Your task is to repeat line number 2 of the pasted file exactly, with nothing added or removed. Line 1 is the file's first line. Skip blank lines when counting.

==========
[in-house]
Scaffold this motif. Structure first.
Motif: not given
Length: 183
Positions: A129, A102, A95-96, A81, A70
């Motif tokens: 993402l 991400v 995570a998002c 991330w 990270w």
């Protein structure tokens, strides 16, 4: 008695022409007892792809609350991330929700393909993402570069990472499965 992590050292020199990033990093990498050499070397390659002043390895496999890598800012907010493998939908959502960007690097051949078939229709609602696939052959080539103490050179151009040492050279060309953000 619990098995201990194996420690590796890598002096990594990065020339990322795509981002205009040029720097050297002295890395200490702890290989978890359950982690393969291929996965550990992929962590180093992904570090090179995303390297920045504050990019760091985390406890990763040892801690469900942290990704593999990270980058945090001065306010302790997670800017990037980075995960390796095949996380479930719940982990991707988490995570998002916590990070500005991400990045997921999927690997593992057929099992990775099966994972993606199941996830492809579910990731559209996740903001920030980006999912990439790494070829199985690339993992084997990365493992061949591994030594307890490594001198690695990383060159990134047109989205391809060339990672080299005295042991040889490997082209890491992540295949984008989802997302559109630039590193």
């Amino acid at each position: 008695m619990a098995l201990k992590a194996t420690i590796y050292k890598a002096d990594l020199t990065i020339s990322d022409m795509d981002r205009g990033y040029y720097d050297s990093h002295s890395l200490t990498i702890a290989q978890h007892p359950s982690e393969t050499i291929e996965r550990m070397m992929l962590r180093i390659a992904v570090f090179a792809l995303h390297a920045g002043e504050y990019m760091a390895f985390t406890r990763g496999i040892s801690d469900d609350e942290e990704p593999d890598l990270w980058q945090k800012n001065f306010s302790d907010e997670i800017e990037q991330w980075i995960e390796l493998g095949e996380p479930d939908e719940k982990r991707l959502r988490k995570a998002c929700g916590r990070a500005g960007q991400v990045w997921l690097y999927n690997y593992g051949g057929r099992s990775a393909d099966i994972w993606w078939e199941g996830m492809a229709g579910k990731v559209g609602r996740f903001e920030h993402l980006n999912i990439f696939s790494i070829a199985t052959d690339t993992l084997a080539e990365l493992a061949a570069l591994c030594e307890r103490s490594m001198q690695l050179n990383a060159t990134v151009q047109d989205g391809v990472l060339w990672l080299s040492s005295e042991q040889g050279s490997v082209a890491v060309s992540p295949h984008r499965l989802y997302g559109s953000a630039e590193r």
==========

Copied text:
Scaffold this motif. Structure first.